BlackMagic Probe, Blue Pill
Because the PSOC5LP is not readily available for the Weekend Engineer (no CY8CKit-059 boards available now), I have had to look elsewhere. The EOS S3 has caught my attention, but it is in the early stages, and I am not certain how much effort QuickLogic will put into it. I want an ARM Debug session for working with it. That requires a debugger, which the QuickFeather does not seem to supply.
I have a J-Link, but I know you probably will not. The J-Link edu is out of stock world wide, and discontinued from many vendors. The J-Link probes are $500 to $2000 in cost, so are out of the weekend engineering price range. So I have been looking.
During my work towards finding a cheap ARM Cortex debugger for use with VSCode and the QuickFeather (QuickLogic) board, I stumbled across a possible hardware solution. And a Software/Firmware solution.
Black Magic Firmware
There is an open source debugging probe called BlackMagic Probe. You can google or bing to purchase that probe in hardware form, but it is currently out of stock. It will run you about $25 to $30. The $16 Flikr board from Amazon may not be a good deal, read the reviews before purchasing.
The github.io page for the BlackMagic probe software/firmware is here: https://github.com/blackmagic-debug/blackmagic.
The Black Magic probe runs a serial port version of GDB on the probe itself. To connect to it, you tell your GDB Debugger to use an extended-remote connection over a serial port. I consider that a stroke of genius, and it cuts *way down* on driver incompatibilities.
I stumbled across the Blue Pill board. There is a board with a STM32F103 on it. It is called the “Blue Pill” in the Weekend Engineering community.
This board can be programmed via a serial port if you have some soldering skills and a USB to TTL serial port adapter, such as a KitProg3. (Pins 12-6 and 12-7 on the KitProg3 debug stub are the RS232 i/o lines. See previous posts for more information on use of the serial port.)
It has a USART (Universal Synchronous/Asynchronous Receiver/Transmitter) DFU boot loader which can be connected to through the plated through vias on the side of the board. You need to be able to solder.
A Blue Pill will run you, from Amazon, about $25 for two boards. You can also get an STLink V2 clone and a blue pill board combo. I have read that the connector pins sometimes have oxidized on these cheap clones, so you may have to plug/unplug to wipe the connectors clean and get good connections.
You will need to upload the BlackMagic code to the Blue Pill board. The web page telling you how to do this is here: https://paramaggarwal.medium.com/converting-an-stm32f103-board-to-a-black-magic-probe-c013cf2cc38c
If you have an STLink V2 probe or a clone, you may be able to program the Blue Pill following the instructions here: https://jeelabs.org/202x/bmp/. That last page has a lot of useful information for use on the Macintosh (and probably Linux).
STLink Clone To BlackMagic Probe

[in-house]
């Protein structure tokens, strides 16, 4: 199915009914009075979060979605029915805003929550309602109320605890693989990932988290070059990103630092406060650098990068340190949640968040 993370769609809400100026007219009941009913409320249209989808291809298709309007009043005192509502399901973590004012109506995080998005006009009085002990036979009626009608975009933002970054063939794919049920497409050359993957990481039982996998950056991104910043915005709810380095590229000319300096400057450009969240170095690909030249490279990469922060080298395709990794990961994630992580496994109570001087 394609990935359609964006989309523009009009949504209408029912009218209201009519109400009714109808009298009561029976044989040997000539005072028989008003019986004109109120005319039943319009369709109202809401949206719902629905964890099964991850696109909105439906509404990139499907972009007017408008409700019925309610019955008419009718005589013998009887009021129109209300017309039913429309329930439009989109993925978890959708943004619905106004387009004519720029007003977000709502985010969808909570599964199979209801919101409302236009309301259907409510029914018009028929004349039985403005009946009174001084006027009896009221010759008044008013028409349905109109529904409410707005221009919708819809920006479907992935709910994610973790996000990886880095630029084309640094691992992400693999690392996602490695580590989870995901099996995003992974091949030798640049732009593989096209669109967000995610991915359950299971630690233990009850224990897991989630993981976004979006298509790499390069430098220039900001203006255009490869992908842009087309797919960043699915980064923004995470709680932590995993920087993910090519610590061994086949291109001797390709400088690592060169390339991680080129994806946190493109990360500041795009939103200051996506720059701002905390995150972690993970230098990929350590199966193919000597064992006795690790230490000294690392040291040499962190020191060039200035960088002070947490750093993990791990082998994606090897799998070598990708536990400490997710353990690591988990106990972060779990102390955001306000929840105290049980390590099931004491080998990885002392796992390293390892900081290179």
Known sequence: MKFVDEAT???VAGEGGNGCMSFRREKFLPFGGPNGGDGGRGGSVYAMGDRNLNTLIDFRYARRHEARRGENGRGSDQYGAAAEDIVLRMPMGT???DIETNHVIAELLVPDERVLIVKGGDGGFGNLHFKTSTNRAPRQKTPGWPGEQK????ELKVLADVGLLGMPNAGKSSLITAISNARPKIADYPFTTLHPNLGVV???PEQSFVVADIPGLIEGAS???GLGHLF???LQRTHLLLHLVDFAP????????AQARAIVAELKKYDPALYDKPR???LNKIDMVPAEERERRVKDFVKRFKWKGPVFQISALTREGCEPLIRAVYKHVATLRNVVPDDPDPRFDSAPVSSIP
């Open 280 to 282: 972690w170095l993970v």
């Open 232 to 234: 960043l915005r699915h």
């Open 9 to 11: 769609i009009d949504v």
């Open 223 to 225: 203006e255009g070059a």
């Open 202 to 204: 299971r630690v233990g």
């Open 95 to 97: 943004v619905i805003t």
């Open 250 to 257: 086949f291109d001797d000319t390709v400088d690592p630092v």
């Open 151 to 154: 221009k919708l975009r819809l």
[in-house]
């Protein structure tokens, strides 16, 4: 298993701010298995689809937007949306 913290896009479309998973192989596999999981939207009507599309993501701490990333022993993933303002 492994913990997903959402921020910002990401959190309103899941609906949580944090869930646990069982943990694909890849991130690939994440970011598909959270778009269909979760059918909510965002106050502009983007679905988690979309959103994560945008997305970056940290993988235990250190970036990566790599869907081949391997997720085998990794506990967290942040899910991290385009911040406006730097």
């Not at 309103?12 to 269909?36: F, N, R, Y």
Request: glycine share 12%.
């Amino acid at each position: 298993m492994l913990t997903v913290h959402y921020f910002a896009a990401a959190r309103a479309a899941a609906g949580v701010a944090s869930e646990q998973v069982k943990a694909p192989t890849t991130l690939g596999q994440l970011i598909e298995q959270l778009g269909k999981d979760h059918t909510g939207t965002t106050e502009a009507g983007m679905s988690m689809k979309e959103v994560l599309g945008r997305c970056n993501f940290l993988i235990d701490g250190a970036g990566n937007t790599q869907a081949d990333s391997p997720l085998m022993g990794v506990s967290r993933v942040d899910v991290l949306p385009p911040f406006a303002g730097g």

Please see a newer post for programming and using BlackMagic Probe with VSCode from a clone STLink, here: https://socmaker.com/?p=1491
STLink V2.1 to Segger
Using Segger utilities, you can modify a legal STLink V2.1 to a Segger J-Link OB, which has about the same capabilities as J-Link Base. You can also put it back. The license only allows you to use that particular Segger-OB on ST processors. I don’t know if that is enforced in firmware, but if you have a Nucleo board sitting around with a detachable STLink on it, you might find you can cheaply debug using VSCode a lot of different processors.
VSCode can debug using the STLink V2.1 probe. The YouTube page for debugging with the STLink is here: https://www.youtube.com/watch?v=g2Kf6RbdrIs. It will give you a lot of good insights on setting up for both J-Link and STLink.
Easter Egg Hunt
The information in this post is out there, but takes a lot of digging to uncover. Kudos to Segger for providing an upgrade path for STLink to J-Link OB for use with ARM processor families. Their debug code is the best in the industry. And the most expensive.
The ARM processor is taking the embedded world by storm. I am fairly certain all the other processor families will die quiet deaths. I find it amusing that the Motorola 68000 processor is the closest processor architecture to the ARM processor. I found it a gem to program (in assembly) when it came out. It just made so much logical sense. Too bad Motorola succumbed early to the culture that is trying to destroy us today. But I digress.
So far, most of the newer debug boards from Renesas, Infineon, STMicro, etc. have inexpensive versions that allow for debugging, and many use Segger-OB for that. For most of these, there are hacks and allowances for allowing VSCode to be used across all their on board debuggers. This allows you, as the Weekend Engineer to get a leg up on your fellow engineers by tinkering on the weekend. This kind of work on your part can save your job. It certainly saved mine several times in the past.
I was surprised to find that VSCode sends *a lot* of information back to Microsoft. It is called Telemetry. Fortunately, you can turn it off, but it is defaulted to *all* information being sent back to Microsoft, probably even keystrokes. They can, if they wish, steal your code. On the Mac, go to Code -> Preferences -> Telemetry to turn off. It is probably in a similar place on the Windows and Linux version.
VSCodium is supposed to fix this. Since VSCode base is under MIT, the VSCodium folks take that base and try to make it mainly VSCode compatible. Microsoft takes that base and adds the telemetry and other things you may like or dislike. The VSCodium site is here: https://VSCodium.com. I have not yet tried it.
I hope this brain dump helps the Weekend Engineering community.